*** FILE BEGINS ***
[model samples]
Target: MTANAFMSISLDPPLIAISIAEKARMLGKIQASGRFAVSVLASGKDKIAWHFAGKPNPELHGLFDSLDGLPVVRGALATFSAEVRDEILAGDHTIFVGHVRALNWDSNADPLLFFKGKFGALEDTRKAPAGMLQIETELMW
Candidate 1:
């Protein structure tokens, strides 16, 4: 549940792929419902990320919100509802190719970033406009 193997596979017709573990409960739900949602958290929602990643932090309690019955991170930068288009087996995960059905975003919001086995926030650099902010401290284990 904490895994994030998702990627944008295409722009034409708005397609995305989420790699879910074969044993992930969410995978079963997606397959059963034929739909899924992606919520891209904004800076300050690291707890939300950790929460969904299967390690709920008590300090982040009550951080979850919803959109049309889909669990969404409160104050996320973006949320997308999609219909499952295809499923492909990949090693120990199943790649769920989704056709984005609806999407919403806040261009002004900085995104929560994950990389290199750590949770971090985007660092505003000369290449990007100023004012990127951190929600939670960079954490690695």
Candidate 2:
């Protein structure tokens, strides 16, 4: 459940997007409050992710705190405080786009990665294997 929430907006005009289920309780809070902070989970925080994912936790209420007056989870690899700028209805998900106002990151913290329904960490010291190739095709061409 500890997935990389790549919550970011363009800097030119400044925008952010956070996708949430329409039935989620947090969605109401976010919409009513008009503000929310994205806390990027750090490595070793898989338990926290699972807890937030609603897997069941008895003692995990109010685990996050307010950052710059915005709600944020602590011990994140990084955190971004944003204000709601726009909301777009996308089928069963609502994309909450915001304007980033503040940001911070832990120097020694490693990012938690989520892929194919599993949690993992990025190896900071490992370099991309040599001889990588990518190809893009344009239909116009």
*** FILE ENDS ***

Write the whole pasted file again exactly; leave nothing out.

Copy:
[model samples]
Target: MTANAFMSISLDPPLIAISIAEKARMLGKIQASGRFAVSVLASGKDKIAWHFAGKPNPELHGLFDSLDGLPVVRGALATFSAEVRDEILAGDHTIFVGHVRALNWDSNADPLLFFKGKFGALEDTRKAPAGMLQIETELMW
Candidate 1:
């Protein structure tokens, strides 16, 4: 549940792929419902990320919100509802190719970033406009 193997596979017709573990409960739900949602958290929602990643932090309690019955991170930068288009087996995960059905975003919001086995926030650099902010401290284990 904490895994994030998702990627944008295409722009034409708005397609995305989420790699879910074969044993992930969410995978079963997606397959059963034929739909899924992606919520891209904004800076300050690291707890939300950790929460969904299967390690709920008590300090982040009550951080979850919803959109049309889909669990969404409160104050996320973006949320997308999609219909499952295809499923492909990949090693120990199943790649769920989704056709984005609806999407919403806040261009002004900085995104929560994950990389290199750590949770971090985007660092505003000369290449990007100023004012990127951190929600939670960079954490690695």
Candidate 2:
């Protein structure tokens, strides 16, 4: 459940997007409050992710705190405080786009990665294997 929430907006005009289920309780809070902070989970925080994912936790209420007056989870690899700028209805998900106002990151913290329904960490010291190739095709061409 500890997935990389790549919550970011363009800097030119400044925008952010956070996708949430329409039935989620947090969605109401976010919409009513008009503000929310994205806390990027750090490595070793898989338990926290699972807890937030609603897997069941008895003692995990109010685990996050307010950052710059915005709600944020602590011990994140990084955190971004944003204000709601726009909301777009996308089928069963609502994309909450915001304007980033503040940001911070832990120097020694490693990012938690989520892929194919599993949690993992990025190896900071490992370099991309040599001889990588990518190809893009344009239909116009």